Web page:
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Food production impacts Earth and its natural processes

According to new research, food production is already one of the most significant stressors on our planet, but it is made significantly more difficult by the interaction of Earth system processes.

The natural activities that keep the planet habitable and useful are referred to as Earth system processes. This includes processes that occur in the various biospheres, such as carbon sequestration in forests and nutrient runoff into freshwater systems.

Interactions between these processes test their boundaries and influence how well they work.

“Food production is a major source of environmental stress, affecting biodiversity loss, climate change, and overexploitation of marine resources,” said co-author Dr. Steven Lade of The Australian National University.

“We must begin producing food in a sustainable manner. We can ensure that the interaction of Earth system processes is taken into account when designing and implementing food production and agriculture policy by assessing their interaction.”

The study, led by Finland’s Aalto University, examined and characterised various Earth system processes, highlighting how they can be used to develop more sustainable food production techniques.

The study emphasized several critical interactions that are frequently overlooked, such as the effect of green water on food production and biodiversity.

Green water is water stored in soil that is available for plant growth.” “It plays a critical role in interacting with and regulating all other processes such as land, biodiversity, and water flow,” Dr. Lade explained.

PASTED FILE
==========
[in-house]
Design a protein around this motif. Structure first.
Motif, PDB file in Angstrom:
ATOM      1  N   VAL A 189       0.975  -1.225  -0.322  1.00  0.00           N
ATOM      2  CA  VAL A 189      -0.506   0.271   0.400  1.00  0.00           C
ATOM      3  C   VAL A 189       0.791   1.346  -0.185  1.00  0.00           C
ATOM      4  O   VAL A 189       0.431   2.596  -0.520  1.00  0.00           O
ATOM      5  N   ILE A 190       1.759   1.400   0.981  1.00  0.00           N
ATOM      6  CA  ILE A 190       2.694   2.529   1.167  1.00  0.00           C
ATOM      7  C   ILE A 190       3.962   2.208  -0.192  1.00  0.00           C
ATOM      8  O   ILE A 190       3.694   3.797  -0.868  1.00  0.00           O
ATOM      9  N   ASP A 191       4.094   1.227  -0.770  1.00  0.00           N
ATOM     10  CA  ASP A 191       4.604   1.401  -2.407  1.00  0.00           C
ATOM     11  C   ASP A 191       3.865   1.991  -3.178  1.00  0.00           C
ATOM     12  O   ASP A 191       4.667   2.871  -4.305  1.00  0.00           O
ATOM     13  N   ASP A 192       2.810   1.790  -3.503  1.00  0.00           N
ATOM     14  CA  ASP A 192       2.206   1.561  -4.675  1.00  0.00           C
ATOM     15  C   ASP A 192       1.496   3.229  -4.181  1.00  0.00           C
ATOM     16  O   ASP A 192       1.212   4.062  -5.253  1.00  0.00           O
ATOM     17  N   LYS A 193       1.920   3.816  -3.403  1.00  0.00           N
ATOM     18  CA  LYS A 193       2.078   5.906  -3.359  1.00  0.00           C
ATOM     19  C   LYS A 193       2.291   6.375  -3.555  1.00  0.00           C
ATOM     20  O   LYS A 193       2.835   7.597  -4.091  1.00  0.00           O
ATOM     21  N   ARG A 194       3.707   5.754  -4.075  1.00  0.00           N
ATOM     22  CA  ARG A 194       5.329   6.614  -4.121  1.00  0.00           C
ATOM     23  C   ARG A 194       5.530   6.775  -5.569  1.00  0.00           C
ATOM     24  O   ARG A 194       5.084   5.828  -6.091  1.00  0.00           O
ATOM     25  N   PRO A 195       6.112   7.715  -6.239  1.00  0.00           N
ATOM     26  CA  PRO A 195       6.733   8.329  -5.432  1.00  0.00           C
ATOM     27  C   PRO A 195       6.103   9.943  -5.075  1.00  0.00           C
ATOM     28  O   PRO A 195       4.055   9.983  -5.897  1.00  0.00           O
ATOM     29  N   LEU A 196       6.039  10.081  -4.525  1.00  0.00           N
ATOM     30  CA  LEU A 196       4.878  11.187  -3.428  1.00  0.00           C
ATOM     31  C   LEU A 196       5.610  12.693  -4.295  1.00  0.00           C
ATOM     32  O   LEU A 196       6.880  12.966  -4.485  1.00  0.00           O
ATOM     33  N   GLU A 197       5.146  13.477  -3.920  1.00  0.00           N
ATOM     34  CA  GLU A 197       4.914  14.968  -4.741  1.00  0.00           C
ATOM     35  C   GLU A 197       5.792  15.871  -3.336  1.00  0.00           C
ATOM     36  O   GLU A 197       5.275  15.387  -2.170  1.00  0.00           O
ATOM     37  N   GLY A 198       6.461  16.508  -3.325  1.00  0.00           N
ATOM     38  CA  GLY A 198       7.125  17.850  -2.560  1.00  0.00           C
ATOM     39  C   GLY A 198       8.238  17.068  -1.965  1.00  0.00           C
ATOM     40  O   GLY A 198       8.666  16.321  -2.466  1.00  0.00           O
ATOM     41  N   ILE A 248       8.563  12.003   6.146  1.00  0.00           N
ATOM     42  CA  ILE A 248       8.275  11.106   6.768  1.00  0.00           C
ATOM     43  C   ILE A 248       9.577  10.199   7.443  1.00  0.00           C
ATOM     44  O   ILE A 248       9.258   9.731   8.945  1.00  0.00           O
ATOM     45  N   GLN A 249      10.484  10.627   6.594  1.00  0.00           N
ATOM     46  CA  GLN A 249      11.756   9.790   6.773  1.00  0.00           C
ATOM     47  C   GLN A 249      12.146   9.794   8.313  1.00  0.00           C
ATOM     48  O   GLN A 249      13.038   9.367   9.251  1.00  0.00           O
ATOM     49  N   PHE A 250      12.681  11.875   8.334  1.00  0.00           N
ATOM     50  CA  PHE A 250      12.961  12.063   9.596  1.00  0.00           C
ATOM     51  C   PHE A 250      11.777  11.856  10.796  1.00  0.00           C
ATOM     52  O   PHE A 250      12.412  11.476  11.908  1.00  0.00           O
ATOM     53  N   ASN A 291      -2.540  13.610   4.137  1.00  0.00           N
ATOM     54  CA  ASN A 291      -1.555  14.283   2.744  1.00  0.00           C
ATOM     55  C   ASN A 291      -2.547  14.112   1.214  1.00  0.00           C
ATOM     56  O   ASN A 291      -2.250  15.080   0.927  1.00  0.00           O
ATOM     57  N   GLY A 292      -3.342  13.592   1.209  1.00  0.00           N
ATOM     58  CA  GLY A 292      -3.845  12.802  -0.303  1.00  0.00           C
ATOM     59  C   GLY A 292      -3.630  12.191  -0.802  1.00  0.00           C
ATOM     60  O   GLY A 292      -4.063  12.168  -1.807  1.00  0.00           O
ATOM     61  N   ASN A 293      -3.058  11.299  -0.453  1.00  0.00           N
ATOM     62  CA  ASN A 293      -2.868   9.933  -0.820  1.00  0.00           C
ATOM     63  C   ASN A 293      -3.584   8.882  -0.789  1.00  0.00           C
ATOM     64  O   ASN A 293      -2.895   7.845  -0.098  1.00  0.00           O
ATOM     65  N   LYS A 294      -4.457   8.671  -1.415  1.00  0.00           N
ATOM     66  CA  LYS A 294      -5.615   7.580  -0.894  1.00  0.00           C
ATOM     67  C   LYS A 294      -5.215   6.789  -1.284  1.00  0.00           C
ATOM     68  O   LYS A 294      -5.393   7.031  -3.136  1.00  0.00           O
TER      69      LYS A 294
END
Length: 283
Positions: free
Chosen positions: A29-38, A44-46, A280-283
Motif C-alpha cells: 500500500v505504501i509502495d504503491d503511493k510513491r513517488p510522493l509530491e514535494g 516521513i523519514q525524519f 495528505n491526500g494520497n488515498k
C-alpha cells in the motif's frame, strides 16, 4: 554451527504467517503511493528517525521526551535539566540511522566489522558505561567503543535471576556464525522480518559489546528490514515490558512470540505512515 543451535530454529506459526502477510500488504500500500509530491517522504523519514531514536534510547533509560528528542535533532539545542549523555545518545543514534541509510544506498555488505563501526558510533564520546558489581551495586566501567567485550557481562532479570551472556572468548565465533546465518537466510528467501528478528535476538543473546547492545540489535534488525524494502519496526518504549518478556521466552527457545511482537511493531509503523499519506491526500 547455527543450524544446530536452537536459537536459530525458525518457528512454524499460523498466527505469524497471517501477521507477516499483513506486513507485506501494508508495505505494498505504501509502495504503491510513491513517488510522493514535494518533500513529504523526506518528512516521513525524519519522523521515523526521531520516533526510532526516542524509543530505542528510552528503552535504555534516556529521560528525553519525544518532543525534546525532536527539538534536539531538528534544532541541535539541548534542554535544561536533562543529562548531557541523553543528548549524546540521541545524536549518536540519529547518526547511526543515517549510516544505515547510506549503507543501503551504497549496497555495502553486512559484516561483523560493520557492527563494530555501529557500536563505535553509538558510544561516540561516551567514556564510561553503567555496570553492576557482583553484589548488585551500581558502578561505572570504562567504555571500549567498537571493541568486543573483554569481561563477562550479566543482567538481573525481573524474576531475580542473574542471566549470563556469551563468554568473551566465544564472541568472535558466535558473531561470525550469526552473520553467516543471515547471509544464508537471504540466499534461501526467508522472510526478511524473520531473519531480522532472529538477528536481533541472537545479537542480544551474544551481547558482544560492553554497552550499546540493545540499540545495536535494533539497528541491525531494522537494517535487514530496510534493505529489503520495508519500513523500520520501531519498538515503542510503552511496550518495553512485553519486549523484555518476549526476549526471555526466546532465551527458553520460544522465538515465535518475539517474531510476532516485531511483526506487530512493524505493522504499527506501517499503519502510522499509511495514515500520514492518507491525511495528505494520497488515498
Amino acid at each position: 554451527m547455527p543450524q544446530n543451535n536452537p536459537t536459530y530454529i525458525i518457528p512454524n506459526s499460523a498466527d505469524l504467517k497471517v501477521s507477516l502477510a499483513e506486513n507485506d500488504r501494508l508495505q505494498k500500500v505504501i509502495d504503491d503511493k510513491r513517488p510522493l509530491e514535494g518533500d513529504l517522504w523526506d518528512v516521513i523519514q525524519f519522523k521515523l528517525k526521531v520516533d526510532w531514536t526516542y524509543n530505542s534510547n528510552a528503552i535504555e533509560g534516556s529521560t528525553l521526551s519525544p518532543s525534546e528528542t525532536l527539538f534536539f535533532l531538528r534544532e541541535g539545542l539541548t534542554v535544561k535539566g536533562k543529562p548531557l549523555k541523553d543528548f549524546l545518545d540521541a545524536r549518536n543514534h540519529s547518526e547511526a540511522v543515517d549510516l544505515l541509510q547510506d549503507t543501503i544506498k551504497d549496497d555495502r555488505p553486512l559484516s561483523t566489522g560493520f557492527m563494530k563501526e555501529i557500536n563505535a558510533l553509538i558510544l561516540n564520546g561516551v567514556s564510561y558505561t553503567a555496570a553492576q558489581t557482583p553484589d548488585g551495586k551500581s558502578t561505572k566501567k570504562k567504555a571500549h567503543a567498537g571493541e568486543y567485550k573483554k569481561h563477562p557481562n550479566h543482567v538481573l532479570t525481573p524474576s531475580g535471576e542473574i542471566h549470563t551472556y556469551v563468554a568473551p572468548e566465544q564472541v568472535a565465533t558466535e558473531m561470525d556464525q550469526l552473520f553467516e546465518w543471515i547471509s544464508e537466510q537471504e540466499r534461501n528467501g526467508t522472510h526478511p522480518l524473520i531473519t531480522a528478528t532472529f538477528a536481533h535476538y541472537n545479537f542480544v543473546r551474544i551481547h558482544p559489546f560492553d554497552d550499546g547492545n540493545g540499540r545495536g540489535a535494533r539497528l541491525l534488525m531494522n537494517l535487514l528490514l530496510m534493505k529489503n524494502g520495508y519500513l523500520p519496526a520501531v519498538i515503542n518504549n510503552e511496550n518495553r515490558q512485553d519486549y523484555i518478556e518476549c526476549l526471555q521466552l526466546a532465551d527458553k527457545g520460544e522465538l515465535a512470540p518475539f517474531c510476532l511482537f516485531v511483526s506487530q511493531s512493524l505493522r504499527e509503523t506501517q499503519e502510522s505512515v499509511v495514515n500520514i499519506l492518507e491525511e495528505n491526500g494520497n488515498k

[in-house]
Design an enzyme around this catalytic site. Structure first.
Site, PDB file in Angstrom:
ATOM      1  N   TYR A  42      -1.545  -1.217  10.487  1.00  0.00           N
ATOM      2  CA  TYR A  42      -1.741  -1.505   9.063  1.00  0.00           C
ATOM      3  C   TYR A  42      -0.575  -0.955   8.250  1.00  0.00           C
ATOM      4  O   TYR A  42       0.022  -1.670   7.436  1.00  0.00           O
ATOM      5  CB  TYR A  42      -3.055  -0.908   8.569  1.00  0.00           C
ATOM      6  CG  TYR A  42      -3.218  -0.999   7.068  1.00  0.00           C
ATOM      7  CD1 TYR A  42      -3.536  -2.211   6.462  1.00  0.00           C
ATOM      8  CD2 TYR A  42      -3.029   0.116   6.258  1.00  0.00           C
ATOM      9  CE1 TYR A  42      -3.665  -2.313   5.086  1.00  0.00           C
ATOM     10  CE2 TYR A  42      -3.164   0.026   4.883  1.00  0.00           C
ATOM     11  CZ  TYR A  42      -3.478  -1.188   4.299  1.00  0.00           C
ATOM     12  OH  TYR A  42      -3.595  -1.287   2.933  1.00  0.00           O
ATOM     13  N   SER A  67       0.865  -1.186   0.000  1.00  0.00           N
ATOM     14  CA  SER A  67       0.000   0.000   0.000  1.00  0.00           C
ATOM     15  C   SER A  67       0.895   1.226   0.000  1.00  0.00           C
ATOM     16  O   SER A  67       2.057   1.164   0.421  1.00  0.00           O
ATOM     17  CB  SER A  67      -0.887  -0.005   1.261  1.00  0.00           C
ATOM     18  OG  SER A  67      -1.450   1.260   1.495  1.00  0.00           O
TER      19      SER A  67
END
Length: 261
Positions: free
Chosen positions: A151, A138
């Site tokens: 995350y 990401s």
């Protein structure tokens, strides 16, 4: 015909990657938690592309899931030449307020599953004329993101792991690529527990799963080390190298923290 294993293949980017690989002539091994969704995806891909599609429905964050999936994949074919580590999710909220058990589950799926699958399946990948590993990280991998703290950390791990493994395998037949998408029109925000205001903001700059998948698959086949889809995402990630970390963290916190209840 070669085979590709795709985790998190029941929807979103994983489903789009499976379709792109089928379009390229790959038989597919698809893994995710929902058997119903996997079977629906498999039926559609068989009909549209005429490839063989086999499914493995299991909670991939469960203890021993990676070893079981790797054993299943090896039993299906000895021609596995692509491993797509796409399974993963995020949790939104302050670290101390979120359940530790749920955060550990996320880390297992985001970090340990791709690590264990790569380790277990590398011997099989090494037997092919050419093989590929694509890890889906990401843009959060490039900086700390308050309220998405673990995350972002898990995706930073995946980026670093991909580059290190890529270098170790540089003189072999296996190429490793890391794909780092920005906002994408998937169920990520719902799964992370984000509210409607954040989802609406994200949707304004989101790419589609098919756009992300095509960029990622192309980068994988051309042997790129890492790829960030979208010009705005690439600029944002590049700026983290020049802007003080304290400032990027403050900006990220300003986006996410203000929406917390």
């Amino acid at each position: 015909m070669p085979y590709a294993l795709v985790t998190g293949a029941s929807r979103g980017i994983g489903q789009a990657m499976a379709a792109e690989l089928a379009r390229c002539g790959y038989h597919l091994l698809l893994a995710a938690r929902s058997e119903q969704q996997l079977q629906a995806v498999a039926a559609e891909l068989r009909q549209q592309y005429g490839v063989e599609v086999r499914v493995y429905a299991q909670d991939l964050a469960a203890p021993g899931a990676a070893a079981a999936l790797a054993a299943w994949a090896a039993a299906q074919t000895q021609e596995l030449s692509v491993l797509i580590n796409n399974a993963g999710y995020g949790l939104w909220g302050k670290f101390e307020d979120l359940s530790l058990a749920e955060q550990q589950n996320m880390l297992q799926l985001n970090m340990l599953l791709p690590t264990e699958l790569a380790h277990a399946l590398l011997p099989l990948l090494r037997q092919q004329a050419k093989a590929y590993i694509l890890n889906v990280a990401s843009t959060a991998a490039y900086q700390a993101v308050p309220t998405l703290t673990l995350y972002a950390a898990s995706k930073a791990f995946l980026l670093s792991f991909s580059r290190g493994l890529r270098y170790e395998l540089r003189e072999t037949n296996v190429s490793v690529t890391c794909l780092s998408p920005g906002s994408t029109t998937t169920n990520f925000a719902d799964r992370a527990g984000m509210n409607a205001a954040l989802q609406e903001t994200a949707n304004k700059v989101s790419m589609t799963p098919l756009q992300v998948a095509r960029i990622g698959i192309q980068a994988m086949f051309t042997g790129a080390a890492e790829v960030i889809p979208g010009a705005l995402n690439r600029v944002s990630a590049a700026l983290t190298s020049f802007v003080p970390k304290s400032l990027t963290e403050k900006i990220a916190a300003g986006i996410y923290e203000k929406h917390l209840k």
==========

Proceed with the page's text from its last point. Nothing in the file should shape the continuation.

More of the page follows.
“Action will be required to ensure that we address these various interactions.” Better communication is required, which means that authorities in charge of areas such as agriculture policy and marine policy must communicate with one another.

“When it comes to managing sustainable food production, we must take a holistic approach in order to avoid straining the boundaries of our natural systems. We must consider more than just water and land as inputs for food production.”

According to the researchers, the difficulties stem from the high density of interactions between the ocean, freshwater, and land biospheres.

“Recognizing these interactions and boundaries is necessary for the Earth’s system to remain stable and resilient. Human pressures may have already pushed the Earth system beyond the safe operating space for humanity in some cases “Dr. Lade stated

“System interactions make long-term food production more difficult. However, because everything is interconnected, taking positive actions can have far-reaching consequences.”

The research was published in Nature Sustainability.


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